A Crash Course on Travel Wear

Deciding what clothing to take when backpacking can be overwhelming. It’s natural to want to bring everything you might possibly need, but this kind of thinking leads to unnecessary stress.

As an example, I once went on a trip with a friend.  When I came to pick him up to leave, he was frezzled because he couldn’t fit all his clothes into his bag.  I pulled out his clothes and found THREE sweaters for less than 2 weeks of travelling.

me: Why do you need three sweaters?

him: One if it gets cold, one in case that one gets dirty, and one just in case.

me: You just said “in case” twice. Does that mean you have TWO backup sweaters?

After talking some more, I convinced him to take a single sweater, and wear it instead of stuffing it into his bag.  He only used the single sweater, and wore it even though it got a small stain on it.  He didn’t complain about it once – he was too busy having fun on the trip.

One Simple Rule

For every item of clothing you pack, ask yourself this question:

  • will I use this item every week?

If you answer ‘No’ to this question, chances are that you don’t NEED the item.  You might be better off leaving the item at home.  In the unlikely event that you DO need the item during your trip, you can always buy a cheap version on the road.

Some Tips for Packing

Like everything else while backpacking, clothing is very personal.  That being said, there are a few things you should think about that might help you narrow down your choices:

Everything should match – don’t put yourself into a situation where you don’t want to wear an item because it doesn’t match with your only clean pair of pants.  When you get dressed, it should be effortless for you to grab any clean top and bottom combo and get out and enjoy your travel.  This might mean that you should get somewhat neutral bottoms – think grey, beige, etc.

Dress for the destination – If you scroll down to my packing list, you’ll see that I don’t bother bringing a rain jacket.  No rain jacket for a whole year of travel?  Am I NUTS?!?!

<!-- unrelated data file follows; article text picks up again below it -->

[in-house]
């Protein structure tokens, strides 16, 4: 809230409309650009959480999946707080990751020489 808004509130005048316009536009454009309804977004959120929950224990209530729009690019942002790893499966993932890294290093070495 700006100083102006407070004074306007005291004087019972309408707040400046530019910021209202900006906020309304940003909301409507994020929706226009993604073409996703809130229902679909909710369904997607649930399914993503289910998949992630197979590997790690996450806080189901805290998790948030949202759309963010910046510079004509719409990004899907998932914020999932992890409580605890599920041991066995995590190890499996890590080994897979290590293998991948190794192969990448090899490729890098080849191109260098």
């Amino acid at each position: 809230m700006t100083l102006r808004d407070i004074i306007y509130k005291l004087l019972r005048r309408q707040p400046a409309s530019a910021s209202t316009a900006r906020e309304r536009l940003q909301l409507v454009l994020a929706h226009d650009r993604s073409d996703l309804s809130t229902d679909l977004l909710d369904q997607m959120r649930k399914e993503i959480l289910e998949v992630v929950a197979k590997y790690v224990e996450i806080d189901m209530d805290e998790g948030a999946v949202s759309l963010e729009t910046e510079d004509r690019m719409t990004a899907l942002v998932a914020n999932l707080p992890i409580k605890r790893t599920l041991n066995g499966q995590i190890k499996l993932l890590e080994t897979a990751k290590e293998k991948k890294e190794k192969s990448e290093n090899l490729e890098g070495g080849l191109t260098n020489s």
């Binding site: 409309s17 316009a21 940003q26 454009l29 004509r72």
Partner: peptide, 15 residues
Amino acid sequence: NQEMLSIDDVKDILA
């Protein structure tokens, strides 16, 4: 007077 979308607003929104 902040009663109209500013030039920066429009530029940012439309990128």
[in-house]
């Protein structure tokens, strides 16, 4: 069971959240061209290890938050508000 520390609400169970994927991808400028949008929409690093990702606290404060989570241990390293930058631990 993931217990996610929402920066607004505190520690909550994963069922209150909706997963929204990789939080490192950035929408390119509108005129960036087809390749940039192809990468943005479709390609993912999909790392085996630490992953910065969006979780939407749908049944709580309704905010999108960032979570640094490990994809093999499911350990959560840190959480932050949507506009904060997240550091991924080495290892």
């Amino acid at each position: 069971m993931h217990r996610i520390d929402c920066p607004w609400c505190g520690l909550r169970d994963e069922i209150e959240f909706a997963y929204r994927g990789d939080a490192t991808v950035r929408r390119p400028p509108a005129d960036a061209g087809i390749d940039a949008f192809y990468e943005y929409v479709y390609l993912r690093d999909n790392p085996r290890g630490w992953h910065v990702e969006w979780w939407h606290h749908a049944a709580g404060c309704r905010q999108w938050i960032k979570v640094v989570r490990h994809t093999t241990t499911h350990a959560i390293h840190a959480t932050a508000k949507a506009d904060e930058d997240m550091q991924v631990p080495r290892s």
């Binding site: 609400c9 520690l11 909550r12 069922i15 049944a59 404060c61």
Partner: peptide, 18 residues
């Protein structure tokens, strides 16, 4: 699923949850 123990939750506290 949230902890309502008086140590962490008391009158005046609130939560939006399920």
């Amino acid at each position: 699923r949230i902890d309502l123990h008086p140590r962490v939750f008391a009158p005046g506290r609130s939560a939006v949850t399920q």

Not nuts, just prudent.  I’m travelling mainly to cities, and spending at least a month in each destination.  That means if it’s raining, I can just buy an umbrella, and ditch it before my next flight.  No big deal.

I did end up in some more rural places, but bought some cheap jeans and rain jacket from a thrift store for $10 when I got there.  I didn’t need them after, so I donated them.  This allowed me to bring clothes that I actually wanted to wear, so it was well worth the money.

Your trip, your fashion – Most backpacking sites will tell you to invest a bunch of money on merino wool t-shirts, socks and underwear and wear them every day.  Not only are those items expensive, you also end up sticking out no matter where you go.  Some people even tell you not to bother shaving while travelling to save space and money! (seriously?)  Personally, I don’t want to look like a backpacker.

Don't be this guy

Don’t be this guy

Instead, I want to fit in with the locals so I can fully experience the culture.  Wherever I go, I always meet local people and they often invite me out to their favourite spots in the city.

I’ve noticed that other backpackers don’t always get this courtesy.  Why?  Probably because they look like backpackers, and people have a preconceived notion of what kind of people backpackers are.

My advice: dress the way you dress at home.  Just because you’re travelling doesn’t make you a different person.

Get comfortable wearing the same few outfits – some people have a strong aversion to wearing the same clothes over and over as if it’s somehow dirty or beneath them (especially people from Canada and the USA).  It’s a really stressful mindset.

There’s nothing wrong with wearing the same clothes over and over.  Heck, there’s nothing wrong with wearing the same clothes two days in a row (if they aren’t dirty).  60 years ago people were lucky if they had more than 2 sets of clothes.  Steve Jobs wore the same outfit every day for years.  Barack Obama has a closet full of identical suits.  You can easily get used to wearing the same few outfits every week.

So What Should I Bring?

Once again, what you bring is completely up to you, based on your personal style and destination (and making sure everything matches).  However, if you’re stuck, below is what I brought for a full year of travelling.

I typically wore the jeans and a button-down with my boots everyday.  If it was hot, I’d roll up the sleeves, put on flips flops or wear shorts.  If it was cold, I’d wear a t-shirt underneath and my fleece on top.

I did laundry usually once a week, but a couple of times I just washed my boxers and socks in the sink and didn’t do laundry for more than two weeks.  No one was the wiser.

Clothing List (men's)
6 button downs (1 short sleeve, the rest long)
2 t-shirts (1 short sleeve, 1 long)
1 golf shirt
2 pants (grey jeans+khakis)
1 pair of shorts
6 socks/boxers
1 light fleece jacket
1 pair swim trunks
1 pair of flip flops
1 pair of boots (Blundstone)
1 winter hat
1 summer hat